Wednesday, 23 June 2010

Woodland Wonders and Wellbeing

This month, I'm teaching at Yarrow Valley Park, Chorley. The aim is to promote the importance of trees in the environment as well as developing social interaction and communication skills. This week the learners were challenged to create art from natural materials and leave them as gifts for other visitors. One learner made a window of twigs and used it to frame the beautiful shapes of baby oak leaves and the contrasting shape and colours of ivy.

Another learner created a sculpture which doubles up as a home for mini beasts.

Above is another design which we hope will attract centipedes and beetles etc.

Someone else was also intrigued with ivy growing on the trees and framed it. Do you love or loathe ivy? Yes, it is a parasitic and can damage trees. But when I note just how many birds depend on its berries to see them over the lean winter months when very little other food is available, I think it can't be all bad.

Sunday, 20 June 2010

Sunshine on the Fells

What an ideal day for a walk - sunshine, breeze and a day off work. As with the route described below, I set off from White Coppice to Great Hill. Left is a photo taken en route. There were plenty larks, pipits and reed bunting around and the sunshine had also brought out little brown and orange butterflies (small heath, I think). From Great Hill you can see Jubilee Tower (aka Darwen Tower). I do go that way sometimes but not today. Below is a photo of it.

Today I crossed Spitlers Edge and and acres of waving cotton grass. If you're lucky you might see a red grouse. A fair distance to the east I could see where the peat had been on fire earlier in the week. The photo below shows Spitlers Edge and, in the distance, Winter Hill - my next stopping point.

All the human communication paraphernalia on Winter Hill is an eye sore I agree. But at least it's confined to one hilltop. The photo below shows Hordern Stoops and the steep scramble to the top. Scramble being the operative word. Not an ascent for a hot, still day but today's breeze made it pleasant. Incidentally the last time I climbed up here it was covered in snow....
Once on top of Winter Hill, I followed the ridge passing two cairns. From there the footpath disappears amidst the rough grassland. So with Riving Pike being easily visible and this being access land, I set off - and my left leg promptly disappeared to the knee into a mini peat bog! A bit disconcerting but, with my other leg on terra firma, I managed to haul myself out of the deep hole and walked the next mile with caution....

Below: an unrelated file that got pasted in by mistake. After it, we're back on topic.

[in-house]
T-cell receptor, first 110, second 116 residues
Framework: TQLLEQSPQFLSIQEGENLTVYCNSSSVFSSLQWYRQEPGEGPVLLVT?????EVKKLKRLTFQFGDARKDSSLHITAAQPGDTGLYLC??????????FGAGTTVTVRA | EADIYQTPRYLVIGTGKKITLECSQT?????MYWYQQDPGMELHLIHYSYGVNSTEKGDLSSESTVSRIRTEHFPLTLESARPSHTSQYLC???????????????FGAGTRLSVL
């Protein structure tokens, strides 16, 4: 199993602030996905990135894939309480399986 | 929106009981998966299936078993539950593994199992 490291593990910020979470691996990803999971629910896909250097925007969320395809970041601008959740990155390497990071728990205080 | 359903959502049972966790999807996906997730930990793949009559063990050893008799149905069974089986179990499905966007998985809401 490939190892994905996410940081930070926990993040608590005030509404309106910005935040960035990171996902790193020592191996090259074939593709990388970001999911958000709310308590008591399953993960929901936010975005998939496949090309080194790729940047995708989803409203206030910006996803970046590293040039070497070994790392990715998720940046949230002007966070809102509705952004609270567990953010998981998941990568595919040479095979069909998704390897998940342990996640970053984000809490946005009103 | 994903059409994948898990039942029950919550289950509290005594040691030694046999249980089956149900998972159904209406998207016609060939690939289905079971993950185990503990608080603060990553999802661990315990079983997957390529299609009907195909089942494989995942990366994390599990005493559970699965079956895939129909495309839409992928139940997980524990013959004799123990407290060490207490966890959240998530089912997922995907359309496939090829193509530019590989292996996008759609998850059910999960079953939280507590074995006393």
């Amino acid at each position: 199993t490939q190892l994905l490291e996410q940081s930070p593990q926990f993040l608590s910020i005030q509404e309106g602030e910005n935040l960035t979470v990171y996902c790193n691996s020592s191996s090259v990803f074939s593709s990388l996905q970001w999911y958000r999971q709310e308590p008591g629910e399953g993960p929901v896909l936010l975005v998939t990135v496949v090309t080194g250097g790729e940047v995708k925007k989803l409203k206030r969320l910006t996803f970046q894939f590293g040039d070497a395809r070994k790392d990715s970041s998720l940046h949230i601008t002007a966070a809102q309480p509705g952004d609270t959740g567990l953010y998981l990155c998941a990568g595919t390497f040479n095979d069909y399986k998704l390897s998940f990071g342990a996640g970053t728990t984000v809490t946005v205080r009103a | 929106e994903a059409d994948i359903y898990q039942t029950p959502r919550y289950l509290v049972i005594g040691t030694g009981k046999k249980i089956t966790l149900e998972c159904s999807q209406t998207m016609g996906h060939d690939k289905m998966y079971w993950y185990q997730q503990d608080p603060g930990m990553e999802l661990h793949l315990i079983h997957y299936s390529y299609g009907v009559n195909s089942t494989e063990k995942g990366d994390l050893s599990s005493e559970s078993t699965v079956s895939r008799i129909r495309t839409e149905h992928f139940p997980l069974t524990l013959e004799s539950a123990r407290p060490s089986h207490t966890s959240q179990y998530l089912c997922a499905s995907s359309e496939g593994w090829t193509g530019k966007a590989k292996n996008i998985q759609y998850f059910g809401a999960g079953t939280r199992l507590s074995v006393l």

Rivington Pike is always popular with walkers and today was no exception. Above is a picture of the view from the top. The first reservoir is Yarrow and distant one is the end of Anglezarke - both of which I would be walking along later after making my way downhill through the terraced gardens and around Rivington Barn where lots of friendly bikers congregate. Notice how low the reservoirs are for this time of year.I deiced to take in Bullough on my return because I love strolling through its wood of ancient beech, oak and other native trees. The nuthatch love it too. The tree pictured above is a beech; on windy days it creaks alarmingly.

Sunday, 6 June 2010


On Thursday evening I was lent a moth trap and was looking forward to viewing a some of our garden's nocturnal visitors. After some help siting it for best results, all I had to do was go to bed and hope no-one would steal it overnight!

In the morning, Moth Man returned. There were over 70 moths in the trap and 30 species. By far the largest was a Poplar Hawk Moth. The most brightly coloured had to be the Green Silver-Lines and the bright Brimstones. The most intriguing were the White and the Buff Ermines which appeared to be dead; it's a trick to confuse predators - well they certainly fooled me! There was also a Bee Moth (and a bumble bee had also found its way into the trap) and the most numerous were the May Highflyer and Small Square Spot.

The records have gone to the area moth recorder and I'm looking forward to mothing again. Our garden is an ideal place for mothing because it is surrounded by a several species of trees and wild flowers. The best nights for mothing tend to be warm, still and overcast.

from the field book

from the field book
An inspiring gift for anyone who enjoys watching nature.